The United Nations announced that it continues to receive reports of serious violations against civilians in Ethiopia, noting that about 7000 detainees are detained due to the conflict in Ethiopia, including 9 UN employees.
Meanwhile, the Tigray Front said that Abi Ahmed’s regime does not respect international humanitarian law and its forces target civilians and infrastructure, as they bombed a market in the city of Alamata, killing 28 people.
On Thursday, Amnesty International and Human Rights Watch said that fighters in the Amhara region allied with the Ethiopian army are arresting and killing civilians from Tigray in a new wave of ethnic violence linked to the war. At the same time, the Committee to Protect Journalists called on the Ethiopian authorities to release journalists detained since the end of November.
The two human rights NGOs confirmed that these fighters were arrested in November and December, and tortured and starved civilians, including teenagers and the elderly, in western Tigray.
With machetes and axes
These militants and security forces attacked civilians who tried to flee the long-disputed area with machetes and axes, while others were put into trucks and have since disappeared.
“Without an urgent international response to prevent further atrocities, the people of Tigray, and especially those detained, remain at grave risk,” said Joanne Mariner, director of crisis response at Amnesty International.
The warnings come while the United Nations Human Rights Council is supposed to hold a special session on Friday to consider appointing investigators into possible human rights violations in the war.
Prime Minister Abiy Ahmed sent the army to Tigray in November 2020 to oust local authorities from the Tigray People’s Liberation Front, which challenged his authority and accused them of attacking military bases. Abiy declared victory three weeks later, after capturing the provincial capital, Mekele.
Amhara and Afar
But in June, the TPLF regained control of most of the Tigray districts and continued its offensive in the neighboring districts of Amhara and Afar.
The conflict resulted in thousands of deaths and the displacement of more than two million people and pushed hundreds of thousands of Ethiopians to conditions close to starvation, according to the United Nations.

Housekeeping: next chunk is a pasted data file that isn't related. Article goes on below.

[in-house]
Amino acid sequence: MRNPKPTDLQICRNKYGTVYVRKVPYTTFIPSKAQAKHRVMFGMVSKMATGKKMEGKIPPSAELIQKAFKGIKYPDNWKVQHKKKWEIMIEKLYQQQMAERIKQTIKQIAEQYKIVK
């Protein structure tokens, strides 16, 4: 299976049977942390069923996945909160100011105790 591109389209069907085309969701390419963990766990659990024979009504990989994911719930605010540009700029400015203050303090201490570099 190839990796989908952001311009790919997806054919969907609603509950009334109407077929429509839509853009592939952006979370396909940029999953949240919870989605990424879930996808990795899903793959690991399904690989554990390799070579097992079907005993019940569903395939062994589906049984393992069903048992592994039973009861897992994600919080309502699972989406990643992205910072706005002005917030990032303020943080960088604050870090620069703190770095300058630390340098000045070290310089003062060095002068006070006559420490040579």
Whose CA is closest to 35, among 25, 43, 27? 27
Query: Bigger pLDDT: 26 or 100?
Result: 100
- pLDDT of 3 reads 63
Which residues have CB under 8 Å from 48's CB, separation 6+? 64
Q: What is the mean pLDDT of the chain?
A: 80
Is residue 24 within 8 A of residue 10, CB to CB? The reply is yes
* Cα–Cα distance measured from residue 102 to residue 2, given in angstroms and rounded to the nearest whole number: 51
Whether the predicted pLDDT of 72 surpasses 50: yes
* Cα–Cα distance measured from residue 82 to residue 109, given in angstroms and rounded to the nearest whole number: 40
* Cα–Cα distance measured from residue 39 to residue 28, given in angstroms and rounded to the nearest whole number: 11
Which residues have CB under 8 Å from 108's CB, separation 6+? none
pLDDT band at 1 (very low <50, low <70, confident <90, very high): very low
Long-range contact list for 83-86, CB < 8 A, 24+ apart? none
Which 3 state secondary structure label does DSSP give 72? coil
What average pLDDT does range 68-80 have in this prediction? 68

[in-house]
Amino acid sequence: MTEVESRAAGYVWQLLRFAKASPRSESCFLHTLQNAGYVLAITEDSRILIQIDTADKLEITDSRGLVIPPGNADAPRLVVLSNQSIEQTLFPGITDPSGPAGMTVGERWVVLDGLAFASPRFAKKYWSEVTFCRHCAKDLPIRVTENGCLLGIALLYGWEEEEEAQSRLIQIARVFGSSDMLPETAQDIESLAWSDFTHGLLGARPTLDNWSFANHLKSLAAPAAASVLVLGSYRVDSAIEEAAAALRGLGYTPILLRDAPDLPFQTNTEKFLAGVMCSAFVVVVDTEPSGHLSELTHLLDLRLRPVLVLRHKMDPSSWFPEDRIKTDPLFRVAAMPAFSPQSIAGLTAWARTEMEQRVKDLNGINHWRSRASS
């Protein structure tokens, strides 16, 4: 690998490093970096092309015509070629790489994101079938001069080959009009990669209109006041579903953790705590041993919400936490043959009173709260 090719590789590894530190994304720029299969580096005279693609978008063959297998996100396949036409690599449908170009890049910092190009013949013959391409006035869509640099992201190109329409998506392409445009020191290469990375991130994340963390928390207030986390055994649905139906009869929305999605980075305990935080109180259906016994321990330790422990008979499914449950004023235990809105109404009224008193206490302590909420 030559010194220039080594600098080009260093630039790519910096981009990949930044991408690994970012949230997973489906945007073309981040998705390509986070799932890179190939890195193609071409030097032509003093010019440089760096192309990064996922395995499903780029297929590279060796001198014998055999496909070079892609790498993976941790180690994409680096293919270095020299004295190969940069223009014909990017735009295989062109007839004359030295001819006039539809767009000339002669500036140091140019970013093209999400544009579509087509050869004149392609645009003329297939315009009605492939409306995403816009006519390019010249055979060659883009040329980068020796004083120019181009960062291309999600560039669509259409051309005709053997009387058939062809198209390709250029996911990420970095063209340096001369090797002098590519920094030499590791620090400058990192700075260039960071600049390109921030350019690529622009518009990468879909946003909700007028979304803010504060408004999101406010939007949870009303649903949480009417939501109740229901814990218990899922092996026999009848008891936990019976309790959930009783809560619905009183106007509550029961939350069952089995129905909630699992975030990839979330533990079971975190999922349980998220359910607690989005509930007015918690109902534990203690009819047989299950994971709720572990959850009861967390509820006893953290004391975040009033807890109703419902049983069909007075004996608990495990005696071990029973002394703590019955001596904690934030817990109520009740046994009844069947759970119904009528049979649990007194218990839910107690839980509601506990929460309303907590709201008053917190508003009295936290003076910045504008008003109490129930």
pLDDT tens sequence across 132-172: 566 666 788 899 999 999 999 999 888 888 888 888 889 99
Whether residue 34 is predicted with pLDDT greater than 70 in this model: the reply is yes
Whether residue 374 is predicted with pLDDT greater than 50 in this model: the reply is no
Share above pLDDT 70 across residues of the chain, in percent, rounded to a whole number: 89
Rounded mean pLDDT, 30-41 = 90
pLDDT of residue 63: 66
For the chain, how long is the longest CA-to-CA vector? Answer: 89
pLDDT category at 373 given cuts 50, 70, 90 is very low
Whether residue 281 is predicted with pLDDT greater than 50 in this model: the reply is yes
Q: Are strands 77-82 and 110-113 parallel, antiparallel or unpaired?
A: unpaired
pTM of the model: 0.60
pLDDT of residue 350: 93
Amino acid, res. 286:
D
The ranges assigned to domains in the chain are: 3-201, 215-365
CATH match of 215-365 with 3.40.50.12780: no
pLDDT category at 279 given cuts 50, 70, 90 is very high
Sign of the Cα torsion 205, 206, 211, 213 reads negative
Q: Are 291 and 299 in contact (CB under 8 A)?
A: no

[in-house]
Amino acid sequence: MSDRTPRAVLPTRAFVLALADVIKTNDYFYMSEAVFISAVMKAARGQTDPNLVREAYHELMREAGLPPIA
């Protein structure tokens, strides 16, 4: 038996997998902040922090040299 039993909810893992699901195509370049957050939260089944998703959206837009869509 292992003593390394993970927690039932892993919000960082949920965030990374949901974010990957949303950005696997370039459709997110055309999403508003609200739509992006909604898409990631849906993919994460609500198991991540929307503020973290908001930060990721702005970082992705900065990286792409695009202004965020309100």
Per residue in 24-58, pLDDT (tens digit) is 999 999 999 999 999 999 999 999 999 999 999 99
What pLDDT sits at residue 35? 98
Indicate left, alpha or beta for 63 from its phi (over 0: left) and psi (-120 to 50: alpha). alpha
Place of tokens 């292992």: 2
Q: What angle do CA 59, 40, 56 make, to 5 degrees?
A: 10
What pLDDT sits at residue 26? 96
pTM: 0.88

laws of war
The two NGOs said this “massive avalanche of abuse should serve as a wake-up call” about a conflict that has exacerbated historical tension between the Amhara and Tigray, two of Ethiopia’s major ethnic groups.
The United Nations is concerned about the displacement of large numbers of people, while the United States is talking about “ethnic cleansing”.
In contact with AFP, a spokesperson for the Amhara region described this information as “unjustified” and “baseless”.
“Wrong accusations and defamation of security forces in Amhara are unacceptable,” spokesman Geezachoy Muluneh added, adding, “Our people are suffering from a terrible humanitarian catastrophe because of” the Tigray People’s Liberation Front.
Amnesty and Human Rights Watch said deliberate attacks on civilians and forced evictions “violate the laws of war” and those responsible should be identified and held accountable.
On the other hand, the New York-based NGO, the Committee to Protect Journalists, called Thursday on the Ethiopian authorities to immediately release all journalists detained since the state of emergency was declared.
The organization’s appeal comes after Ethiopian police arrested a video reporter working for the US Associated Press and two other local journalists in late November.
The task of journalists in Ethiopia has been complicated by the declaration of a national emergency last month due to the 13-month-old conflict between central authorities and forces in the northern region of Tigray. The Committee to Protect Journalists said at least 14 journalists have been arrested since the state of emergency was declared.